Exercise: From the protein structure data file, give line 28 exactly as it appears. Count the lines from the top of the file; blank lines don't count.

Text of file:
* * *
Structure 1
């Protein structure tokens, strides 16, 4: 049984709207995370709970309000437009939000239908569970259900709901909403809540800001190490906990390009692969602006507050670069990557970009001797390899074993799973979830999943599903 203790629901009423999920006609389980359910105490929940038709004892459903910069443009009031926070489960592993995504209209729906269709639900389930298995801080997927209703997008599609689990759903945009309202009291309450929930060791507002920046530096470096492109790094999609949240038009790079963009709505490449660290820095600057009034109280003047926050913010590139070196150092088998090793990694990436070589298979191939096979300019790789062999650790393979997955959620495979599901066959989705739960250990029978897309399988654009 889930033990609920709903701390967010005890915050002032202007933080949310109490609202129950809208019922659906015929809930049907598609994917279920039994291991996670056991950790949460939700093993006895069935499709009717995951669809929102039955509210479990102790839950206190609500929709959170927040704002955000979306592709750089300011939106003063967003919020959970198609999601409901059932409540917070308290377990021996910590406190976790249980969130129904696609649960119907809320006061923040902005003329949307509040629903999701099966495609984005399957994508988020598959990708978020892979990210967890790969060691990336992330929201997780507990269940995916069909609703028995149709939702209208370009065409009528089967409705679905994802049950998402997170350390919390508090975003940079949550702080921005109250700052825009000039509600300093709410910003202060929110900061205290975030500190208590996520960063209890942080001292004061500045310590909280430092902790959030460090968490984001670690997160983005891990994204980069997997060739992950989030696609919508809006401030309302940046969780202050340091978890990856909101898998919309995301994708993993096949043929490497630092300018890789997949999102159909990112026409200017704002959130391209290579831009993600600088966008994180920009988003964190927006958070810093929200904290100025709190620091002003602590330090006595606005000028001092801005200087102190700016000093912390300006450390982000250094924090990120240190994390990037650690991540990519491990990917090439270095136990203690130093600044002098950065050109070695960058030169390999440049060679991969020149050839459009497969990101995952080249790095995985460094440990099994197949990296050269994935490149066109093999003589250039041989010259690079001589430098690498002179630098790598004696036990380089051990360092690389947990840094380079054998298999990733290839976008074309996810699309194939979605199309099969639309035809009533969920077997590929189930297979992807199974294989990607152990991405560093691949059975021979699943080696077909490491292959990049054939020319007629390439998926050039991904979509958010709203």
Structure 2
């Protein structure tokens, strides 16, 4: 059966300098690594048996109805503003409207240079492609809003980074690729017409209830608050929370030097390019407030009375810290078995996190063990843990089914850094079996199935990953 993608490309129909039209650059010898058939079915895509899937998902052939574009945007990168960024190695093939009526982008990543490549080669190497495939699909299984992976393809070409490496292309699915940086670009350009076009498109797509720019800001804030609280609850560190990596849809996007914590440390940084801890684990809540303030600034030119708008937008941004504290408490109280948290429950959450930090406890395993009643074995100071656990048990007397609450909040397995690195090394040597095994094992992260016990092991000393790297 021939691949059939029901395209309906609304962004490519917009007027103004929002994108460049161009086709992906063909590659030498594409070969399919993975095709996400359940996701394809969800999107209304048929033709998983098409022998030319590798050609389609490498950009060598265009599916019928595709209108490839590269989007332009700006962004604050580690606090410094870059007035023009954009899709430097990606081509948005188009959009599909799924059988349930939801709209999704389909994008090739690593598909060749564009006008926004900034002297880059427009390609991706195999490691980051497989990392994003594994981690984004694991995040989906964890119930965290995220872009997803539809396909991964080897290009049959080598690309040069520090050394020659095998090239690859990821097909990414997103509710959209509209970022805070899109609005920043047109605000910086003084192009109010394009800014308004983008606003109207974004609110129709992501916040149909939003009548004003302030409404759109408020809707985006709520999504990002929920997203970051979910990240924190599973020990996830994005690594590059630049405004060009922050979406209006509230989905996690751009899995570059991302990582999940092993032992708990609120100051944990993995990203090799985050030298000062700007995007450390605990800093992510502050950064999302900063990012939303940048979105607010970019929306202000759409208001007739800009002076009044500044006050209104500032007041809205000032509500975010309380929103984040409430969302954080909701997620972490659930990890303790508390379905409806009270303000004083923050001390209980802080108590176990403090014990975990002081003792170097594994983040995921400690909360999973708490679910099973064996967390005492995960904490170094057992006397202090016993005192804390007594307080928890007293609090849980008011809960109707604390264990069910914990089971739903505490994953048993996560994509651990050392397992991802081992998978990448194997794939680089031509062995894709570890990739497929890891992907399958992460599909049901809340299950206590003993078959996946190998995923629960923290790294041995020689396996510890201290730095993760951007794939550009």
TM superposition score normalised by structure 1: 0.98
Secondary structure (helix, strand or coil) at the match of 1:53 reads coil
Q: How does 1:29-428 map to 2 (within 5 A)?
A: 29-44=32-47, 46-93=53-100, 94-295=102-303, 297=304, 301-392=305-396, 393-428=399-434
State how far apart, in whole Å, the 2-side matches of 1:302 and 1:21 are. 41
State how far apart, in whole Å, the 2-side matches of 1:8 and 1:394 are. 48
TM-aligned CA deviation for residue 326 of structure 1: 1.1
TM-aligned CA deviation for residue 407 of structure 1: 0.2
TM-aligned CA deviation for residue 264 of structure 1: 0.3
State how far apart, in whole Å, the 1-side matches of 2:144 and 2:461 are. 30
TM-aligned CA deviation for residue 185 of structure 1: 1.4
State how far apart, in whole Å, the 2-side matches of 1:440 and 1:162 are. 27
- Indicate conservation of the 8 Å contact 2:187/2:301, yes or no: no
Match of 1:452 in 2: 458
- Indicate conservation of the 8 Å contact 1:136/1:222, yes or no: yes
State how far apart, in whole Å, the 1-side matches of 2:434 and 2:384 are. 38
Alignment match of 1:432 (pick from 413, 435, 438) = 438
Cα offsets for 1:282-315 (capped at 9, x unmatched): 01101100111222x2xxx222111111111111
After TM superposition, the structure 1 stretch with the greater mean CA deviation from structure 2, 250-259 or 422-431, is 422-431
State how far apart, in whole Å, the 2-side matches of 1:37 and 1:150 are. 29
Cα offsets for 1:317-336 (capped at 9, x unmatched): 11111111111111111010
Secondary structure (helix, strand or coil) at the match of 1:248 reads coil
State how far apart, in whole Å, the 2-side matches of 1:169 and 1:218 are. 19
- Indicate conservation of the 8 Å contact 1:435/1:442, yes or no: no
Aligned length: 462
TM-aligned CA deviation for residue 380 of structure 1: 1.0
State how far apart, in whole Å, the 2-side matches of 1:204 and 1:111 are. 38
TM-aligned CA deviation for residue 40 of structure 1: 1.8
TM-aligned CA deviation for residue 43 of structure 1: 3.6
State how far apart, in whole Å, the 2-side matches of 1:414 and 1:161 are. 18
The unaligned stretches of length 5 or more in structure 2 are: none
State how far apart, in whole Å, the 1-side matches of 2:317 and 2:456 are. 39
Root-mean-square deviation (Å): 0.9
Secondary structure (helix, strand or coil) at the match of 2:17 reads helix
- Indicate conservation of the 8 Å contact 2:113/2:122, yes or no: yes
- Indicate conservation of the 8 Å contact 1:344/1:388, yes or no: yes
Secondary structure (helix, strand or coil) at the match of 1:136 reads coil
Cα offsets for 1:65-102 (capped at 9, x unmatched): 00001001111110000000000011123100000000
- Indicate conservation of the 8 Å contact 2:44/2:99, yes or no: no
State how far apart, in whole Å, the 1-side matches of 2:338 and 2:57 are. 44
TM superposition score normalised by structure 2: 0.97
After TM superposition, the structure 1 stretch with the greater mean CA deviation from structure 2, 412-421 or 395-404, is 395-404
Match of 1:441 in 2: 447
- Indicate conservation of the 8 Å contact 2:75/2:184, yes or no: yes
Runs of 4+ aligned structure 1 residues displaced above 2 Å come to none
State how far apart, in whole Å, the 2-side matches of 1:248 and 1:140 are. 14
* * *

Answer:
- Indicate conservation of the 8 Å contact 1:435/1:442, yes or no: no